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Wednesday 26 July 2017

Tribunal fees scrapped in landmark court ruling

The Government has been forced to scrap employment tribunal fees following a landmark legal victory for Unison.

The fees, introduced by the coalition Government in 2013, meant that workers who had been treated unfairly or illegally were forced to pay up to £1,200 to take their employers to court.

Unison took the case to the Supreme Court, with lawyers arguing that the fees had been a huge expense for many low-paid employees and prevented people from gaining justice in the workplace – as evidenced by the 79% drop in cases being brought forward after the fees were introduced.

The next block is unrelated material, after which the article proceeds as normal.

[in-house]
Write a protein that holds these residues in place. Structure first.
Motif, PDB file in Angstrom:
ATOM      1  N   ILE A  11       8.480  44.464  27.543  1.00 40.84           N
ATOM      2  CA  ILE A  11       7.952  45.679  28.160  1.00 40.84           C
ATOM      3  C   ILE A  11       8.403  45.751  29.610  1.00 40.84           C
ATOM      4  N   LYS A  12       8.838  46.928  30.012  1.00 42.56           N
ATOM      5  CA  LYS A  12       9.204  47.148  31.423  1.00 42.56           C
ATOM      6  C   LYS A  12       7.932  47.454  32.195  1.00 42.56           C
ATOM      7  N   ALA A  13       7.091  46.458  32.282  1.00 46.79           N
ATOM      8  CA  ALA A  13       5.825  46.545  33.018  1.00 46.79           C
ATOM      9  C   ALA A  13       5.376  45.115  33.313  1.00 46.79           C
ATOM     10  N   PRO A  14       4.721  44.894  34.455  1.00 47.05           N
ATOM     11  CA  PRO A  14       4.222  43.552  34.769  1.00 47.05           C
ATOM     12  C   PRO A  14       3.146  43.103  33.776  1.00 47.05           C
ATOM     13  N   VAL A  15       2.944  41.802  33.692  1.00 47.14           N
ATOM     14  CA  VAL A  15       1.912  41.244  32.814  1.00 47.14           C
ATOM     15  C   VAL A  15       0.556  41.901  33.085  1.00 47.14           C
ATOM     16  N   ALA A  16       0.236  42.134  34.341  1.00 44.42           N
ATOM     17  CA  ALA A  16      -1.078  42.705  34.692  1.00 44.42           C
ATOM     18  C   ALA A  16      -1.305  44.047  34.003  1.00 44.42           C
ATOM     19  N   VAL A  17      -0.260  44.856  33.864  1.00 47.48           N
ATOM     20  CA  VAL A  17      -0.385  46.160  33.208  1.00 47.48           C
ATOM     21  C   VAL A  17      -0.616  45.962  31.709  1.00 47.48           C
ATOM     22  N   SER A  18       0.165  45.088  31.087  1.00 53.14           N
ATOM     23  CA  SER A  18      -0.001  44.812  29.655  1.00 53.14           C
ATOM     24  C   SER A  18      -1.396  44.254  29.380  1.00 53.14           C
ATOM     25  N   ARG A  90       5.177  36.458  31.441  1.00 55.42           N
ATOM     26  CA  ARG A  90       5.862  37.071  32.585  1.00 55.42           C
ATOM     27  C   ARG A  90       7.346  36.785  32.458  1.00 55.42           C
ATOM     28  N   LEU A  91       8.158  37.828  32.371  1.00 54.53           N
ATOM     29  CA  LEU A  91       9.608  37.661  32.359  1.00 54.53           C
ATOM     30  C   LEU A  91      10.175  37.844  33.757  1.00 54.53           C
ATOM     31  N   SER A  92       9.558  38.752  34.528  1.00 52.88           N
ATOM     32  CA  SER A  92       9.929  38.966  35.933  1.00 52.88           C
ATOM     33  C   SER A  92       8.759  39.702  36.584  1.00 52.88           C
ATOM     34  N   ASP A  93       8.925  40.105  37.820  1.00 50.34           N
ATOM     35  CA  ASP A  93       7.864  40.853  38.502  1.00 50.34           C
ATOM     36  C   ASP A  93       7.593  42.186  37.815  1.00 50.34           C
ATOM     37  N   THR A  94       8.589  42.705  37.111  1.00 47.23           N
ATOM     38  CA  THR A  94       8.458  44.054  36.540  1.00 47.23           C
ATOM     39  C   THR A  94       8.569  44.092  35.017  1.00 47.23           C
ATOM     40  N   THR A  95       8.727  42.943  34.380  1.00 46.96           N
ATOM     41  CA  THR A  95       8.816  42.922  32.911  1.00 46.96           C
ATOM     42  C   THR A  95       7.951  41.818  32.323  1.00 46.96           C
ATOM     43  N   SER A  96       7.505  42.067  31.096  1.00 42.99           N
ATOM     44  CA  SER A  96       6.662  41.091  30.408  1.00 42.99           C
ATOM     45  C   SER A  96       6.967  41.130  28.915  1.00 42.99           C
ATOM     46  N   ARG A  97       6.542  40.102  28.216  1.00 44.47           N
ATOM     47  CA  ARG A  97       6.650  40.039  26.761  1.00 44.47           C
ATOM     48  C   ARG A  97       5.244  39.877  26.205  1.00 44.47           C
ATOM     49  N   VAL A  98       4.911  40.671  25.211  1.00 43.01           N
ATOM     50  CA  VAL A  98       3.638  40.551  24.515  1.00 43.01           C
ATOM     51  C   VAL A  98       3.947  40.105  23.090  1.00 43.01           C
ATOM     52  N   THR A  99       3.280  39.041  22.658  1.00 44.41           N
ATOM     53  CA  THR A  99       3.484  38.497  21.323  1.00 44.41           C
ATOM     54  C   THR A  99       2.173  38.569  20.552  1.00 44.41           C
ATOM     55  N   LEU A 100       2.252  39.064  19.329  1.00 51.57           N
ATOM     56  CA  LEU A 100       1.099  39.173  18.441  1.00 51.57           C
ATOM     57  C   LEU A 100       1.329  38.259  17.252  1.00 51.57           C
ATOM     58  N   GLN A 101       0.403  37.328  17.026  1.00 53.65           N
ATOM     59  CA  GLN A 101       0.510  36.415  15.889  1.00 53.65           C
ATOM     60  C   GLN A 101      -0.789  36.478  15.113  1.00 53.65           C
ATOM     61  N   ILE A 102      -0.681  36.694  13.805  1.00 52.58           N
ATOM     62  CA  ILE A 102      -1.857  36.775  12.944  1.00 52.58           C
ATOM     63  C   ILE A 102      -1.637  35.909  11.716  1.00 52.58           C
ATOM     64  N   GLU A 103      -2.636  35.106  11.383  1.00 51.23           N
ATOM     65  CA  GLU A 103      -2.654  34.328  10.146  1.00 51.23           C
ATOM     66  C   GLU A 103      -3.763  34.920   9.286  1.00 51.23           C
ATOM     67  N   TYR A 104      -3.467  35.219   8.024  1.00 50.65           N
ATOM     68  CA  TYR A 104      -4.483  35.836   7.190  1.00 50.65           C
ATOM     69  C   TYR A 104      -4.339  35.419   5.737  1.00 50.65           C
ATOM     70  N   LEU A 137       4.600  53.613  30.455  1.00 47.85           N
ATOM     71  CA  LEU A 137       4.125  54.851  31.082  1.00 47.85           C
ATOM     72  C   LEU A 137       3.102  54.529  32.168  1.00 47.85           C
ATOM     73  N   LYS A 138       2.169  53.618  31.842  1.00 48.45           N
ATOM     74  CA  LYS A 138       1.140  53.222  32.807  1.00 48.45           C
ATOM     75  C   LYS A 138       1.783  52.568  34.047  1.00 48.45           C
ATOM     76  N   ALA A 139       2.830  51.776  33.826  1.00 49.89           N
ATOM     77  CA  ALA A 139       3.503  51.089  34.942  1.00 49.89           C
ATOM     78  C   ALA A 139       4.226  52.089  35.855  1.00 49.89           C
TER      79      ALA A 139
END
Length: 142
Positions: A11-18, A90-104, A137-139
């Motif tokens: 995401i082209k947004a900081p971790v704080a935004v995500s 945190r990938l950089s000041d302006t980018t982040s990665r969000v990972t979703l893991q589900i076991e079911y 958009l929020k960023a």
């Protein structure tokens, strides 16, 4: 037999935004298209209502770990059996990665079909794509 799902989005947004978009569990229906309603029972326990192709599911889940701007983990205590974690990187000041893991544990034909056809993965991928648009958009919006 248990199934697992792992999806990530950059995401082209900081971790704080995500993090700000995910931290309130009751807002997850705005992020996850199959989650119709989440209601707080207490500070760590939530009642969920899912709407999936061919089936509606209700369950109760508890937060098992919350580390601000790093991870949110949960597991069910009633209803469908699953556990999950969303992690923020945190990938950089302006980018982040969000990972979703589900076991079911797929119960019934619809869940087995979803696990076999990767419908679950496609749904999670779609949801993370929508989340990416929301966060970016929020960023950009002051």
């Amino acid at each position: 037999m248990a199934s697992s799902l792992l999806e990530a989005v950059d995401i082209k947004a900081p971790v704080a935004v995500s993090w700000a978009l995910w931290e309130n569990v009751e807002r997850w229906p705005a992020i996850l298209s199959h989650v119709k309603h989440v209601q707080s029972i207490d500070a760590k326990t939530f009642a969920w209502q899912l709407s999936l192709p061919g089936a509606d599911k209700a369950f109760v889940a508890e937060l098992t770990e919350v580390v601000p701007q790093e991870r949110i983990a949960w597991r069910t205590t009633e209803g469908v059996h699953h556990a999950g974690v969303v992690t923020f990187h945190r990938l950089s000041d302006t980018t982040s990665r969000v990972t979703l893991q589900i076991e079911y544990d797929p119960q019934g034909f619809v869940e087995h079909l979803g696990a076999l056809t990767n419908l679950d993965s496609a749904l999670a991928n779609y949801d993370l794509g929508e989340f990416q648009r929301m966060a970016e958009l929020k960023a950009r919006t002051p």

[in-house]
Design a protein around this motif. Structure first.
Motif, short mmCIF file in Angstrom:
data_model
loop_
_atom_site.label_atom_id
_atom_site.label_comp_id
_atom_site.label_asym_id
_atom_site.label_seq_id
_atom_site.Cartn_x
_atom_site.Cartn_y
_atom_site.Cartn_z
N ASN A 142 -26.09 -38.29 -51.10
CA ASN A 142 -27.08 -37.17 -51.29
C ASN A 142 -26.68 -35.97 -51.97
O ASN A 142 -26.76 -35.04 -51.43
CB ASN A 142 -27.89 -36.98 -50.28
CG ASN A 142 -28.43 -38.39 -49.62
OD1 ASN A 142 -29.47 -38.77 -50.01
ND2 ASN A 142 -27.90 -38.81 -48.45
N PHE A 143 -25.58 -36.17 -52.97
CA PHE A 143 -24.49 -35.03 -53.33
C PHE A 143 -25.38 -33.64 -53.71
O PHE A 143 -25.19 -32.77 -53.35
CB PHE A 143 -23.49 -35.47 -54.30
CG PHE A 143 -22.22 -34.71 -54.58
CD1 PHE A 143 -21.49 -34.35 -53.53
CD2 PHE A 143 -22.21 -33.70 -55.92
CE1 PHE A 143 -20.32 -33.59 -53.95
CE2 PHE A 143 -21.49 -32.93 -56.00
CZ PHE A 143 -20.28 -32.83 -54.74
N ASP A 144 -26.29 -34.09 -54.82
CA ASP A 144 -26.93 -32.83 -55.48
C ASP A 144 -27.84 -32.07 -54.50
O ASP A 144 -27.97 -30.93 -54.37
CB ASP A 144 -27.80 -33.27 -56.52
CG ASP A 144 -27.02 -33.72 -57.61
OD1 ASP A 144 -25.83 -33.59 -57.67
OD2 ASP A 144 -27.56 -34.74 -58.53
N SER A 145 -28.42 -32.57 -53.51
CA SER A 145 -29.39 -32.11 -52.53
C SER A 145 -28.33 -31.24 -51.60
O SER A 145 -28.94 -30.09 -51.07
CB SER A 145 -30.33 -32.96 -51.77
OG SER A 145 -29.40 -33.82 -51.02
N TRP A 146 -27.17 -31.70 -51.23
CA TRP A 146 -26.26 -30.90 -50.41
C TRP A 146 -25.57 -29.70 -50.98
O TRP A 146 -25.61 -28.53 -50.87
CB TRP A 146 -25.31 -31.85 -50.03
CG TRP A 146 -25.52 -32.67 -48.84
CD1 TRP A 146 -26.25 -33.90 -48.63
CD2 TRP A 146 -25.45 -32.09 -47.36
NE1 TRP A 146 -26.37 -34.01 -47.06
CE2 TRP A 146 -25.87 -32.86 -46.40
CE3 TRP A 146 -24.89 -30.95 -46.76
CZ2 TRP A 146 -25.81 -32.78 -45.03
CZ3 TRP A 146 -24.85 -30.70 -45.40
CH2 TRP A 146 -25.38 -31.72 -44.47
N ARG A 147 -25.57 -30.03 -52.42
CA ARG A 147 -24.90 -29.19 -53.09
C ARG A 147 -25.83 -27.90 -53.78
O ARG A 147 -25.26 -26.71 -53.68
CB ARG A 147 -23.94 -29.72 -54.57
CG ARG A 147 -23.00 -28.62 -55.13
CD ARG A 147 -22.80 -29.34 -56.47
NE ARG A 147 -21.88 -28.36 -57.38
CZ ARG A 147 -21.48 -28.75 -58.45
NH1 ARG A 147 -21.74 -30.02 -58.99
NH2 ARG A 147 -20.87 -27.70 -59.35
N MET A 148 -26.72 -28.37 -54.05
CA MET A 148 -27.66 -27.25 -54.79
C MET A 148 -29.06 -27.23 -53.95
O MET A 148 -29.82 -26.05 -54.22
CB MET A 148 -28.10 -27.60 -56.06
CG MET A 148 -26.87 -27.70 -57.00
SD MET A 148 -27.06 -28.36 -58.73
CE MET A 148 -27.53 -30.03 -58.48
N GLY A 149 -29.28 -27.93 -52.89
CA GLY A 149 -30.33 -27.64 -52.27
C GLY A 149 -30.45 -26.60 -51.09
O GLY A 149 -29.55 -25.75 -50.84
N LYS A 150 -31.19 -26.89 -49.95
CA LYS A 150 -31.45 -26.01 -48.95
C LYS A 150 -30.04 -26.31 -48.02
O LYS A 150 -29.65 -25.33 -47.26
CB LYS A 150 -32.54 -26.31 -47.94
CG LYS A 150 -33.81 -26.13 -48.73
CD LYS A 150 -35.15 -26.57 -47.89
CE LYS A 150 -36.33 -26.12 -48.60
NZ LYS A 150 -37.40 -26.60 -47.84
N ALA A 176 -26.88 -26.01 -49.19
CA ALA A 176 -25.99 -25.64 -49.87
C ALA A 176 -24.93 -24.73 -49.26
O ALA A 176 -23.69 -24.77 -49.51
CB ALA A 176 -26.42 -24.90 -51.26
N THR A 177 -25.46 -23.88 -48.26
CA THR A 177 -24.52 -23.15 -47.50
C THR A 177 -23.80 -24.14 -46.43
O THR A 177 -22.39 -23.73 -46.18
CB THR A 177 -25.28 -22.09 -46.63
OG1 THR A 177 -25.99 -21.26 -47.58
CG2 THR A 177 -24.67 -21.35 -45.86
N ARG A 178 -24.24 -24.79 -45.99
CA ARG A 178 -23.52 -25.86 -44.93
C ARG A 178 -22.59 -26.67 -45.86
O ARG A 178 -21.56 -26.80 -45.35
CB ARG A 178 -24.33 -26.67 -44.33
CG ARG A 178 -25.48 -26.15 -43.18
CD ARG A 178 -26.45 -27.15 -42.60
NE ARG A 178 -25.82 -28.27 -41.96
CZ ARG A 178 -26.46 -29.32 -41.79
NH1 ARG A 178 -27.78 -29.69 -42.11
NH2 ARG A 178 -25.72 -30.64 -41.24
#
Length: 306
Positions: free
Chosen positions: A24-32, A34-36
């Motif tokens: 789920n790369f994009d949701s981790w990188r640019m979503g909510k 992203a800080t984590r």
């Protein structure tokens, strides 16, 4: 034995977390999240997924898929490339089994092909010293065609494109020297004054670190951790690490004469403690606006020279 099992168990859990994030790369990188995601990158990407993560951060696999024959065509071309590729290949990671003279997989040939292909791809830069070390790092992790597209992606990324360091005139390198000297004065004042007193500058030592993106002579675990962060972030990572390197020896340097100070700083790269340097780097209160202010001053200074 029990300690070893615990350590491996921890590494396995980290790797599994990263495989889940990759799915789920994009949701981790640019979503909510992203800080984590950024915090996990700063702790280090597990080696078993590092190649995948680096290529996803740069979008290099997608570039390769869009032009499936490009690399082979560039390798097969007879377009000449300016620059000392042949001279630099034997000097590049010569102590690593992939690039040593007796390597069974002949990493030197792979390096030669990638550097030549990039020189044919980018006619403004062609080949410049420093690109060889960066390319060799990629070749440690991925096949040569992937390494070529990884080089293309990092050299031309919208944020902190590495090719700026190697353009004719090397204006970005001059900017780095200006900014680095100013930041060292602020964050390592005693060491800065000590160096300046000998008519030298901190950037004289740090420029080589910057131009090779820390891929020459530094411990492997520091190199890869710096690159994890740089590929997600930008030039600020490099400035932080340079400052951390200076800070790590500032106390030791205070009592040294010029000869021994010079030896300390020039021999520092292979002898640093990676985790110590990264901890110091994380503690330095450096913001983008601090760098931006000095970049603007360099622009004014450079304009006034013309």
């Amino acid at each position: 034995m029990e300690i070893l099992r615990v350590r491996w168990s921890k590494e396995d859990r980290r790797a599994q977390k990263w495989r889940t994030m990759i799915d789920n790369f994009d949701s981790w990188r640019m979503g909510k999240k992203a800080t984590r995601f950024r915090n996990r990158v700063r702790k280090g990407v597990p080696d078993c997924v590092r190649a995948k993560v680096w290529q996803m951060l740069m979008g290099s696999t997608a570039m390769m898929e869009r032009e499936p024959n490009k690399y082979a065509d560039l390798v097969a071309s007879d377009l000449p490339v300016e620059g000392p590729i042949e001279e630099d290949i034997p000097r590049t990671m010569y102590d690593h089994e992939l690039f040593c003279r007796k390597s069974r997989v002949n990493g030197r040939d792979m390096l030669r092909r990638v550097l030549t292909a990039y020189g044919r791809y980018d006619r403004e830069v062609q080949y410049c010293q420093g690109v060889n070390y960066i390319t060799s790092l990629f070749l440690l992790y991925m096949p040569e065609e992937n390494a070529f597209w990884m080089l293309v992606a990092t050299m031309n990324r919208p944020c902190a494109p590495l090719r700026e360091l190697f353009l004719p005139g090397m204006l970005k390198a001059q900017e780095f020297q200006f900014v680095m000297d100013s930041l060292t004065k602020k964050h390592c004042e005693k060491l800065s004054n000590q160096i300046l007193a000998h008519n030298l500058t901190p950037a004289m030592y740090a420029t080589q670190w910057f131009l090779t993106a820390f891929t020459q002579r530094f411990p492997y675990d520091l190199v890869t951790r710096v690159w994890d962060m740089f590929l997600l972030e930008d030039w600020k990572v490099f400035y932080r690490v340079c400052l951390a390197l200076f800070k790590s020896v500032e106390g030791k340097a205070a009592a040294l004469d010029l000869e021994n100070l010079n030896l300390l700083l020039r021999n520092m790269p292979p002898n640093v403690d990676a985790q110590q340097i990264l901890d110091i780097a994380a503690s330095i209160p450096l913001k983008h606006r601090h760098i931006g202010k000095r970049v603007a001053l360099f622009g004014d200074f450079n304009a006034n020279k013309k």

The UK’s highest court ruled in favour of the union, stating that the fees were “inconsistent with access to justice” and in conflicted with the Equality Act 2010 because they disproportionately affected women.
As a result of the victory, the Government is set to refund more than £27m to claimants in what Unison General Secretary Dave Prentis has described as “a major victory for employees everywhere”.

Commenting on the ruling, FDA General Secretary Dave Penman said: “I’d like to congratulate Unison for leading on this issue and ultimately winning this important victory for workers across the country.
“When the fees were introduced, the FDA took the decision to pay all tribunal costs on behalf of members, but not everybody has access to this kind of support.

“Unison’s hard work in pursuing this issue means many more people can now get access to the justice they deserve.”
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